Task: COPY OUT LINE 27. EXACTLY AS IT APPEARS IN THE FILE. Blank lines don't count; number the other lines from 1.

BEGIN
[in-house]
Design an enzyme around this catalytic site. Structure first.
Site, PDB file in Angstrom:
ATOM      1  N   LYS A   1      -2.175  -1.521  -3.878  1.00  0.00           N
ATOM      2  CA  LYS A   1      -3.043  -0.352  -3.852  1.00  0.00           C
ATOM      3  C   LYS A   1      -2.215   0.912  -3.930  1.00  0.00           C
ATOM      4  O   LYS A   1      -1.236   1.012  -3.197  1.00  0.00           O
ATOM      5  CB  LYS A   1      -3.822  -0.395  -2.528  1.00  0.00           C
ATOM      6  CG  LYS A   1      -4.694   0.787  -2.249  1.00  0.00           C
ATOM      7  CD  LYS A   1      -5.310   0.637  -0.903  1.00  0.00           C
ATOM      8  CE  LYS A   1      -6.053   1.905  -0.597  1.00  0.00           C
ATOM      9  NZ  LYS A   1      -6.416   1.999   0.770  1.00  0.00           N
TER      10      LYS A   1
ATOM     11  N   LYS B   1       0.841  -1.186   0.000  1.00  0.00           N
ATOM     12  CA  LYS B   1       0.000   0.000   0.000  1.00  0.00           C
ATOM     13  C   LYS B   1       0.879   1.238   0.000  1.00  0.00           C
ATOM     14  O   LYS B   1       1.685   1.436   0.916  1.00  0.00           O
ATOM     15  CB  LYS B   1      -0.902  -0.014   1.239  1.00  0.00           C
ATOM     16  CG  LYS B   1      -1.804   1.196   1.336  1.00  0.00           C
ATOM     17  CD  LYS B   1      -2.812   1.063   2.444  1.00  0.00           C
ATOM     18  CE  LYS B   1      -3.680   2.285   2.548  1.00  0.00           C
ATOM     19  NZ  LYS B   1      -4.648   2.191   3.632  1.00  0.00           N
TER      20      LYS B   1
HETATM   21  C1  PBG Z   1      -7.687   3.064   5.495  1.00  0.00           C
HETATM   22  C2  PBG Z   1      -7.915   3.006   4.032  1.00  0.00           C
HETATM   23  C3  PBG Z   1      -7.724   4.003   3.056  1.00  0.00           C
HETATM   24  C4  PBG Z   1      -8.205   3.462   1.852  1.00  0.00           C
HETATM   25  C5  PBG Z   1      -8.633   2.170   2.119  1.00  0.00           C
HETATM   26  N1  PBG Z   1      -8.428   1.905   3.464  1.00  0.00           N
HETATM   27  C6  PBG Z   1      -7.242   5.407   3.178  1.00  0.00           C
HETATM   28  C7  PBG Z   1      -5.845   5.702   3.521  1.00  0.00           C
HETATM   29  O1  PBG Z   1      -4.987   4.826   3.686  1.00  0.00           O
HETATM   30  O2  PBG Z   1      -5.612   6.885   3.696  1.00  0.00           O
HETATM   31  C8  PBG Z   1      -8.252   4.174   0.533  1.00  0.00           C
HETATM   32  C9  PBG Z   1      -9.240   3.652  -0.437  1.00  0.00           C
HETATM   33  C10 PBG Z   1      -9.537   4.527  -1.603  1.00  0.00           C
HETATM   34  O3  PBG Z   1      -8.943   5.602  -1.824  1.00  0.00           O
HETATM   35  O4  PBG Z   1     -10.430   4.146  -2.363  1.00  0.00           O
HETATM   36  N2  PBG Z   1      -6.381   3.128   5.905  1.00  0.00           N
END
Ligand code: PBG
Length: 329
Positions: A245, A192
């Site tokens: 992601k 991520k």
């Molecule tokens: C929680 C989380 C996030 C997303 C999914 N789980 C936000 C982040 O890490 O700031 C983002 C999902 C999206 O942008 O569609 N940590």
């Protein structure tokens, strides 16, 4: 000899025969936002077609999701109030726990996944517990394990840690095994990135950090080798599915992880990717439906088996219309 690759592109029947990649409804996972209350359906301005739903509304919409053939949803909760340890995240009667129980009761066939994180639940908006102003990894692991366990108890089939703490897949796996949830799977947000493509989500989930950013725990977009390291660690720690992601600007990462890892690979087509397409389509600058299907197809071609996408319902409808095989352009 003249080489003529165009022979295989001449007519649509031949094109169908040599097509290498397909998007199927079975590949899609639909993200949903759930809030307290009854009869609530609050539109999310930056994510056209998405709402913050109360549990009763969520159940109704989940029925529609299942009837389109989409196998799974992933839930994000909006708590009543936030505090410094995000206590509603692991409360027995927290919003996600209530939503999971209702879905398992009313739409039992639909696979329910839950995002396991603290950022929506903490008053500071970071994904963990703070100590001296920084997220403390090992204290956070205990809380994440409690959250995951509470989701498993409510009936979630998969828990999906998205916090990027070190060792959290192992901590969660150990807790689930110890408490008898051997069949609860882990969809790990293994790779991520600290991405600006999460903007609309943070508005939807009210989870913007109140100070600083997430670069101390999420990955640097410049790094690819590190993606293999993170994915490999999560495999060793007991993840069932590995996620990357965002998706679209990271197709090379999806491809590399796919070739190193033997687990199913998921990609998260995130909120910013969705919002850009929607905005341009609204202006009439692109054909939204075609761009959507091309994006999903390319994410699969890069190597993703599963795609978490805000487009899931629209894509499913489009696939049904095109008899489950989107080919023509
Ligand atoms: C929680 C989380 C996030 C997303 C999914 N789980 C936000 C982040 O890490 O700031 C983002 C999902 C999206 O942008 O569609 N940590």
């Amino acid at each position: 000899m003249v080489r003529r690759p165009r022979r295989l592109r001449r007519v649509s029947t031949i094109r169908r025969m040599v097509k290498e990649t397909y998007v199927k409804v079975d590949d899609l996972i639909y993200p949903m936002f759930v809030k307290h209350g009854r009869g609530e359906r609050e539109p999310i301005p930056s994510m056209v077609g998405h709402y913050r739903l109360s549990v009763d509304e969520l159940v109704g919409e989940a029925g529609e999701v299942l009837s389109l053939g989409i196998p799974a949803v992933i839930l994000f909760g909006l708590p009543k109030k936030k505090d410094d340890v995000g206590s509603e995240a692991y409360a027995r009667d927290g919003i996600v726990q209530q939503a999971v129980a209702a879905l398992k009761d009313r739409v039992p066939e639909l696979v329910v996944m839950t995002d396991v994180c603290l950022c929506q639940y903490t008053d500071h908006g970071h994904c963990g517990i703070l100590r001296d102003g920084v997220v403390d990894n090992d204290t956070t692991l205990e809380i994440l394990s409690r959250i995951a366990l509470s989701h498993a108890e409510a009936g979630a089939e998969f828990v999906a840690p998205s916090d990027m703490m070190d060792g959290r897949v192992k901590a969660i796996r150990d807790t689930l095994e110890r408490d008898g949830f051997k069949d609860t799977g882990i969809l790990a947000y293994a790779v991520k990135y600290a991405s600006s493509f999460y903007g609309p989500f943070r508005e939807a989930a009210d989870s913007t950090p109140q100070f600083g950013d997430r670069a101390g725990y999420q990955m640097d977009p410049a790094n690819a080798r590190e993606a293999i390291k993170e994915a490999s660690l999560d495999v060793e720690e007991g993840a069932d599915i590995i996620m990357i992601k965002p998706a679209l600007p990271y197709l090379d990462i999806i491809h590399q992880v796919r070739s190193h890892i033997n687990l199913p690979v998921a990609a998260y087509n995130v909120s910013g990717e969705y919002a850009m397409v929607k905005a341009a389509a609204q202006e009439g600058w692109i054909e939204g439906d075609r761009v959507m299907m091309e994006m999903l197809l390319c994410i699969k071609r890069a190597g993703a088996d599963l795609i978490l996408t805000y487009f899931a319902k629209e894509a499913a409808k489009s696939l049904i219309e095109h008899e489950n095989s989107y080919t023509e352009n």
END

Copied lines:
HETATM   24  C4  PBG Z   1      -8.205   3.462   1.852  1.00  0.00           C